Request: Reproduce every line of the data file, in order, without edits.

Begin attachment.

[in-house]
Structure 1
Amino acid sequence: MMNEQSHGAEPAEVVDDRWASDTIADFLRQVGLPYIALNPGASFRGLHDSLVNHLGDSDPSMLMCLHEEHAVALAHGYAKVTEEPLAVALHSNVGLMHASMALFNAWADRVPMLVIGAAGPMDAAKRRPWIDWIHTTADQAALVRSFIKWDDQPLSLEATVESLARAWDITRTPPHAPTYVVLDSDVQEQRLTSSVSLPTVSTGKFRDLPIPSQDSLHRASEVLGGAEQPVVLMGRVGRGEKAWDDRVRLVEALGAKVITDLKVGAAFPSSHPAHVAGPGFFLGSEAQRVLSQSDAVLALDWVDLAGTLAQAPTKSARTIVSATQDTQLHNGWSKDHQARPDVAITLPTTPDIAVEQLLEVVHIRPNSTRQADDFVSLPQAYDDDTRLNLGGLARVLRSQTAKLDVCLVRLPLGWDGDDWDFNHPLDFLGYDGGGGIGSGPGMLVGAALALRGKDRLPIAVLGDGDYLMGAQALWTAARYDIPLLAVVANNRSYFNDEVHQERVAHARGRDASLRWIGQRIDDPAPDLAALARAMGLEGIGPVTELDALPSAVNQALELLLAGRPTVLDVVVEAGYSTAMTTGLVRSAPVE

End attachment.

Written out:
[in-house]
Structure 1
Amino acid sequence: MMNEQSHGAEPAEVVDDRWASDTIADFLRQVGLPYIALNPGASFRGLHDSLVNHLGDSDPSMLMCLHEEHAVALAHGYAKVTEEPLAVALHSNVGLMHASMALFNAWADRVPMLVIGAAGPMDAAKRRPWIDWIHTTADQAALVRSFIKWDDQPLSLEATVESLARAWDITRTPPHAPTYVVLDSDVQEQRLTSSVSLPTVSTGKFRDLPIPSQDSLHRASEVLGGAEQPVVLMGRVGRGEKAWDDRVRLVEALGAKVITDLKVGAAFPSSHPAHVAGPGFFLGSEAQRVLSQSDAVLALDWVDLAGTLAQAPTKSARTIVSATQDTQLHNGWSKDHQARPDVAITLPTTPDIAVEQLLEVVHIRPNSTRQADDFVSLPQAYDDDTRLNLGGLARVLRSQTAKLDVCLVRLPLGWDGDDWDFNHPLDFLGYDGGGGIGSGPGMLVGAALALRGKDRLPIAVLGDGDYLMGAQALWTAARYDIPLLAVVANNRSYFNDEVHQERVAHARGRDASLRWIGQRIDDPAPDLAALARAMGLEGIGPVTELDALPSAVNQALELLLAGRPTVLDVVVEAGYSTAMTTGLVRSAPVE